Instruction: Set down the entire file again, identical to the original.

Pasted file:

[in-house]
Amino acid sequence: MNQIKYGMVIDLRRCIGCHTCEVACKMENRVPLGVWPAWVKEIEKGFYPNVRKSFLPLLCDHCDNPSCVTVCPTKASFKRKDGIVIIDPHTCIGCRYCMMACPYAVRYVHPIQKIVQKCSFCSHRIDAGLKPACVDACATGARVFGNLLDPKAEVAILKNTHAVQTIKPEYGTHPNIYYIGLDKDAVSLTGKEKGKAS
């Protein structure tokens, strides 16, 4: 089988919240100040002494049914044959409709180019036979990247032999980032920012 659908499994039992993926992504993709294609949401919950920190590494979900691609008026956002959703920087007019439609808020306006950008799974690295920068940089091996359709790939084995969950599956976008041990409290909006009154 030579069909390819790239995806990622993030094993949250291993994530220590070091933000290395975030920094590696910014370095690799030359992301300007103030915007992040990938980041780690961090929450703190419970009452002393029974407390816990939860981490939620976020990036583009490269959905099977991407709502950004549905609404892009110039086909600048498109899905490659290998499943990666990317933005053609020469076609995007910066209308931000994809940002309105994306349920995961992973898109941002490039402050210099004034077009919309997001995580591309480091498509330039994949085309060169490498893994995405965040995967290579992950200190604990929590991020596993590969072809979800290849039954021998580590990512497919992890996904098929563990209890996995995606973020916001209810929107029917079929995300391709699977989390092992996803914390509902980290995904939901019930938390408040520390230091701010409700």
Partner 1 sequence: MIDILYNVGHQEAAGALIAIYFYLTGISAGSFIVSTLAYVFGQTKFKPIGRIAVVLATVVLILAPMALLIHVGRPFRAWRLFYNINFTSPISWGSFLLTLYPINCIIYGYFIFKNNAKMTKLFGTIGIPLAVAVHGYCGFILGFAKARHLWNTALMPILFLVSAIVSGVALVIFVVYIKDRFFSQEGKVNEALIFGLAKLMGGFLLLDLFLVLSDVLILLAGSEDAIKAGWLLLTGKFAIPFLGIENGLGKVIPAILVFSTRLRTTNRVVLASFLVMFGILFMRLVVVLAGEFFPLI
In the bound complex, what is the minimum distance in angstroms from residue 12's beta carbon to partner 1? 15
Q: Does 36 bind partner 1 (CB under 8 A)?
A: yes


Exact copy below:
[in-house]
Amino acid sequence: MNQIKYGMVIDLRRCIGCHTCEVACKMENRVPLGVWPAWVKEIEKGFYPNVRKSFLPLLCDHCDNPSCVTVCPTKASFKRKDGIVIIDPHTCIGCRYCMMACPYAVRYVHPIQKIVQKCSFCSHRIDAGLKPACVDACATGARVFGNLLDPKAEVAILKNTHAVQTIKPEYGTHPNIYYIGLDKDAVSLTGKEKGKAS
């Protein structure tokens, strides 16, 4: 089988919240100040002494049914044959409709180019036979990247032999980032920012 659908499994039992993926992504993709294609949401919950920190590494979900691609008026956002959703920087007019439609808020306006950008799974690295920068940089091996359709790939084995969950599956976008041990409290909006009154 030579069909390819790239995806990622993030094993949250291993994530220590070091933000290395975030920094590696910014370095690799030359992301300007103030915007992040990938980041780690961090929450703190419970009452002393029974407390816990939860981490939620976020990036583009490269959905099977991407709502950004549905609404892009110039086909600048498109899905490659290998499943990666990317933005053609020469076609995007910066209308931000994809940002309105994306349920995961992973898109941002490039402050210099004034077009919309997001995580591309480091498509330039994949085309060169490498893994995405965040995967290579992950200190604990929590991020596993590969072809979800290849039954021998580590990512497919992890996904098929563990209890996995995606973020916001209810929107029917079929995300391709699977989390092992996803914390509902980290995904939901019930938390408040520390230091701010409700």
Partner 1 sequence: MIDILYNVGHQEAAGALIAIYFYLTGISAGSFIVSTLAYVFGQTKFKPIGRIAVVLATVVLILAPMALLIHVGRPFRAWRLFYNINFTSPISWGSFLLTLYPINCIIYGYFIFKNNAKMTKLFGTIGIPLAVAVHGYCGFILGFAKARHLWNTALMPILFLVSAIVSGVALVIFVVYIKDRFFSQEGKVNEALIFGLAKLMGGFLLLDLFLVLSDVLILLAGSEDAIKAGWLLLTGKFAIPFLGIENGLGKVIPAILVFSTRLRTTNRVVLASFLVMFGILFMRLVVVLAGEFFPLI
In the bound complex, what is the minimum distance in angstroms from residue 12's beta carbon to partner 1? 15
Q: Does 36 bind partner 1 (CB under 8 A)?
A: yes